Jewels of the Garden

With the light of day, two jewels glimmered in my garden.  One is my old favorite, Ruby Spider.  Ruby is one of the oldest of my daylily collection.  I have had her close to a decade. She was added to fill a planter box that hides my drip system controls.  I used ornamental grass the first couple years, but it always died over the winter.  So, why not daylilies?  This one is still in the same planter (although divisions are now in the main garden) with Return a Smile and Just Plum Happy.  Ruby’s bloom is so big and bright that it almost looks fake to me.  I know daylily season has started when this one opens its first bloom.

RubySpider4

Ruby Spider – Photo by Colorado Kid Daylilies (C. Hartt)

The other jewel in bloom today is a new daylily called Hopi Jewel.  My thanks to Blue Ridge Daylilies for picking up my Southwest name theme and sending this as a gift plant.  It’s in with my new Ned Roberts garden, as are a select few other aptly named non-Neds.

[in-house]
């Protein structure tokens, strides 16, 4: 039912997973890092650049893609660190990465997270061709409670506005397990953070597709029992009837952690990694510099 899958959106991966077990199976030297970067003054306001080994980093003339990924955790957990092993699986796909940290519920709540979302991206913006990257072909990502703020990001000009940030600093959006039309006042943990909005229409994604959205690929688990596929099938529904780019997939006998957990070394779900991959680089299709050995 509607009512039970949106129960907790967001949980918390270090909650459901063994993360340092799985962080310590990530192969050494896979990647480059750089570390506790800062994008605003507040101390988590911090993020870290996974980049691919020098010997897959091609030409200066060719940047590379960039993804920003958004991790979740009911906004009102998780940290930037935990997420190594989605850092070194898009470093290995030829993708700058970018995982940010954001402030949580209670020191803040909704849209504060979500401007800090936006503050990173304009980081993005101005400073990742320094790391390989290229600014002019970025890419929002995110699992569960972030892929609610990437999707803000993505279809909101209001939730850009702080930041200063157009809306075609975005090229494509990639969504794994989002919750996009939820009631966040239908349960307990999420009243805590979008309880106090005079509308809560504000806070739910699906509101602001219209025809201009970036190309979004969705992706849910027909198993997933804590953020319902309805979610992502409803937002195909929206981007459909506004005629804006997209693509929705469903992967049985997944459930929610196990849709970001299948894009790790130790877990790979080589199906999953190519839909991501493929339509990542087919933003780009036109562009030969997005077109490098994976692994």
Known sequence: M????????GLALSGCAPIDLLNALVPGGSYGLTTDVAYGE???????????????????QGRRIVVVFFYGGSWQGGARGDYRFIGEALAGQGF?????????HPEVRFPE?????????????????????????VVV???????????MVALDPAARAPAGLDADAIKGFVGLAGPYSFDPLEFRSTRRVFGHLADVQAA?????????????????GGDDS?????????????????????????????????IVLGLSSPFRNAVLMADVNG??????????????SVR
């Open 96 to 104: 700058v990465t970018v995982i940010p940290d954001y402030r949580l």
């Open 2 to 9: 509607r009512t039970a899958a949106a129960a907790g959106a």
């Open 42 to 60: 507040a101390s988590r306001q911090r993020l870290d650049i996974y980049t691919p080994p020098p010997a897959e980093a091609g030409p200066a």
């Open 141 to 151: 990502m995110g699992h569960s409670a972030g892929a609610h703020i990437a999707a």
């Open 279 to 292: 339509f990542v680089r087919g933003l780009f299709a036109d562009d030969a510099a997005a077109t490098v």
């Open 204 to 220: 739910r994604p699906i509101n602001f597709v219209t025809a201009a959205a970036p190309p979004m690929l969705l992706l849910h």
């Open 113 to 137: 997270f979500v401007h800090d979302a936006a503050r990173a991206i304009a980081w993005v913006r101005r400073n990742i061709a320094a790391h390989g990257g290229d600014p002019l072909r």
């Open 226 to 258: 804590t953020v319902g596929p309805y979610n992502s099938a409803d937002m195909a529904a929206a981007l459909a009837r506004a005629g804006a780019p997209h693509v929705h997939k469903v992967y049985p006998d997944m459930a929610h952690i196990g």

Hopi Jewel 7

Hopi Jewel – Photo by Colorado Kid Daylilies (C. Hartt)

I must be taken with Hopi Jewel, because I took a lot of photos of her.  It is a nice shape and color combination.  And, maybe it is just fun to see another new face in my new garden.  It took me days to clear the rocks, dig out some of the hard clay desert soil (we call it adobe soil), and fill it in with topsoil and compost. And, now it is home to over 50 new daylilies, mostly my Southwest named Neds.  It is nice, though, to have a few with rounder shapes.

Hopi Jewel 5

Hopi Jewel – Photo by Colorado Kid Daylilies (C. Hartt)

I keep wondering if the daylilies will spread to take over or if they will stay in their current space.  The desert has the sun these guys love, but the soil is hard clay and the rain virtually non-existent.  It’s not Asia.  It’s not even Georgia, where many of these plants came from.  According to climatemps.com, Georgia gets about 5 times as much precipitation.  That’s about 25 more gallons per square foot.  One good thing about my Neds is that they were hybridized in New Mexico and Colorado.  Still, they do so much better in bagged soil and added water crystals.

I am at a clinical conference out-of-town during the day tomorrow.  I am unsure if anything else is on the verge of a bloom, but I am going to do my best to go out and check before I leave . . . sometime between 5 and 6 AM.  Unlike my lilies, I do not bloom that early!

 

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